If you don't brush and floss, you're gonna get an abscess – same with MySQL updates
Database hygiene matters, says Percona expert
With less than six months to go before support for version 5.7 of relational database MySQL runs out, it appears users are ignoring recommendations to upgrade.
Figures from Percona Monitoring and Management show that between 40 and 50 percent of MySQL users remain on version 5.7 despite mainstream support ending on 31 October, 2023.
Users who feel version 5.7 is not broken so doesn't need fixing could be in for some nasty shocks in the long term, said Dave Stokes, technology evangelist at Percona.
"It is like the people who don't brush and floss every day: eventually they're going to get abscesses. It's going to be a lot more painful down the road even if the intermediate results may not be apparent," he told The Register.
According to marketing and sales research company 6Sense, MySQL has about 45 percent share of the relational database market, with around 176,000 customers. It sits second only to Oracle on the DB Engines ranking, above Microsoft's SQL Server.
For users considering the upgrade, there are some technical differences between the 5.7 and 8.0 (the next iteration) that users should be aware of, Stokes said. "The 'group-by' statement was rewritten. A lot of customers struggle with rewriting those. The original version of MySQL didn't really follow the SQL standard. It kind of on its own made some assumptions that weren't always true. Now, if you're making those old assumptions, and they're not true anymore, and some of you are getting different results, that's kind of a shock," he said.
He recommended customers use MySQL Shell and the util.checkforserverupgrade function checks to flag out-of-date features or settings.
"Sticking with 5.7 is OK, but it is a technical debt you really don't have to sign up for and 8.0 features are more than enough to make you want to switch over," Stokes said.
MySQL was authored by Swedish computer scientist Michael "Monty" Widenius in 1995. It became part of Sun Microsystems in 2008 and then moved to Oracle when it bought Sun in 2010. Oracle has declined the opportunity to take part in this piece.
Peter Zaitsev was an early MySQL employee who went on to found Percona. He has literally written the book on high-performance MySQL, working with high-profile users including Facebook. Other prominent MySQL fans include Uber, Twitter and Netflix.
"In recent years, security scares around unsupported versions, saying that it can be a serious problem, get a lot of attention among high-end from enterprises," said Zaitsev. "But a lot of other users seem to feel free to lapse. They start thinking about upgrades months, even years after the software has gone past its end of life. It is not very good, but that is reality. But with MySQL 5.7, unfortunately, that is going to be even worse because the lift to upgrade to eight is kind of higher."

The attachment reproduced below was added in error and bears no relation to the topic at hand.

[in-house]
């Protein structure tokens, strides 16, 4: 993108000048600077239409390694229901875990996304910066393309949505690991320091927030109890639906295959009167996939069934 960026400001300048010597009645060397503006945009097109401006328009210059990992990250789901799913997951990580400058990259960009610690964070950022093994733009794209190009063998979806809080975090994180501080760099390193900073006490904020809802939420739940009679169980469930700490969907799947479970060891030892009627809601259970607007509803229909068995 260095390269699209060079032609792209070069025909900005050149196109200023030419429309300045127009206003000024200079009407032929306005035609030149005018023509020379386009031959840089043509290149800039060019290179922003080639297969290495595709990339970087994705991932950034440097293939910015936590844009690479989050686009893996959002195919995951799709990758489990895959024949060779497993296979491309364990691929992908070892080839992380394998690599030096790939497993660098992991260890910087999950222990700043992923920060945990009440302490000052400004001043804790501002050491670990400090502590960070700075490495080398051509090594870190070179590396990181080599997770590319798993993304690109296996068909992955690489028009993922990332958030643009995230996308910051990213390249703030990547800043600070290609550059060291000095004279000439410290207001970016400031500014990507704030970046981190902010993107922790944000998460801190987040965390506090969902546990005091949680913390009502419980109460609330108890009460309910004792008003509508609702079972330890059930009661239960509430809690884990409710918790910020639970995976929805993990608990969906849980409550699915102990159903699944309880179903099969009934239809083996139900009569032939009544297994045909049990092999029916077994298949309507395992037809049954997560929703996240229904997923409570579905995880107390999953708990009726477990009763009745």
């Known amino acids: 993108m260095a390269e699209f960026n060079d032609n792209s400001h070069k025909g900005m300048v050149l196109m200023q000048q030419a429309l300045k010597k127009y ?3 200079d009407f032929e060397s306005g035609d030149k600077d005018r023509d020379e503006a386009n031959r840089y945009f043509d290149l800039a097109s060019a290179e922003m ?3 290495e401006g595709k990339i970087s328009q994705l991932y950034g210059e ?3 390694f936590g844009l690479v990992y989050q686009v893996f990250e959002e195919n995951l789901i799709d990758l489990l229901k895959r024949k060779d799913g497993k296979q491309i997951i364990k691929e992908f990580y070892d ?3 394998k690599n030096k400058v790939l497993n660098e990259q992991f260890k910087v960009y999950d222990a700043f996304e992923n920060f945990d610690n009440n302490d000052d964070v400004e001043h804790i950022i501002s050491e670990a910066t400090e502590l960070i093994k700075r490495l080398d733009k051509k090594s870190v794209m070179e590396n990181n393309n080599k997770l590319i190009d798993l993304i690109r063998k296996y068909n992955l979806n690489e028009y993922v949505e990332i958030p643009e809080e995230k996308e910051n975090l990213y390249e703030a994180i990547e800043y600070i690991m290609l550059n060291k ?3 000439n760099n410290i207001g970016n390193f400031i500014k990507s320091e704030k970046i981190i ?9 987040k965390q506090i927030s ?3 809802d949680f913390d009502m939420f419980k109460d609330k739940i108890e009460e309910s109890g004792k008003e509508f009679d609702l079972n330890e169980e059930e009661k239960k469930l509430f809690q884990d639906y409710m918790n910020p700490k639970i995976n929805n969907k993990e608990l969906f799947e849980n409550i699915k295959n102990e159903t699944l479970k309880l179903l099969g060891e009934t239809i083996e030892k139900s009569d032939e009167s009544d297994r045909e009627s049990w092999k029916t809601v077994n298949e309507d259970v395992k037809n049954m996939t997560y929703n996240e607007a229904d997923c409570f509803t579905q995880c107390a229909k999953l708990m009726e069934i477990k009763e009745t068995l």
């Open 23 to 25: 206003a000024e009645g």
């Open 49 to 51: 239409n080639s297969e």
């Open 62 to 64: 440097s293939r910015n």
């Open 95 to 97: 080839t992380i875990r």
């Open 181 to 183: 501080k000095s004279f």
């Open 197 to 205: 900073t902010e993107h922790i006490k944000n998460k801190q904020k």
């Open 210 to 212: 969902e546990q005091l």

- MariaDB's Xpand offers PostgreSQL compatibility without the forking drama
- Trino and dbt open source data tools snuggle closer with integrated SaaS
- FerretDB 1.0 offers fresh approach to open source document databases
- AWS dragged over lengthy downtime to migrate PostgreSQL DBaaS
The differences are, compared with moving from 5.6 to 5.7, that MySQL will allow more incompatibility and remove more features. It also changes whether users can revert back to earlier iterations should something go wrong.
"MySQL 5.7, it was unlikely there are any breaking changes in the minor release," Zaitsev said. "But that is not the case with MySQL 8. You may find certain things which were there before don't work or work differently. As you upgrade to MySQL 8, you not only have to do the upgrade in terms of software, you also need to upgrade your processes to deal with that situation."
Carl Olofson, research vice president at IDC, said users looking to shift from MySQL 5.7 to 8 might present an opportunity for MariaDB, the MySQL fork.
"Any kind of change like that, no matter how trivial it may seem, it's going to involve installing the new version on parallel servers, running parallel testing, checking to see if there's any data conversion that needs to be done. That's a lot of work. If you're going to go through that much work, it's not that much more work to shift providers," he told The Register.
Inevitably, MariaDB agreed. Manjot Singh, field CTO, said: "We're probably the most compatible alternative database. But I would differentiate us and say we haven't been a fork [of MySQL] for a very long time."
He said the company had won customers through the migration but was getting them equally from AWS Aurora, from Oracle and Microsoft SQL Server. MariaDB's SkySQL DBaaS could back up MySQL databases during the transition, he pointed out.
On the other hand, Zaitsev said he was not expecting a lot of SQL users to shift from 5.7 to MariaDB instead of MySQL 8.0.
Whoever is right, the deadline is unlikely to change, so users have a decision to make or risk experiencing some painful decay. ®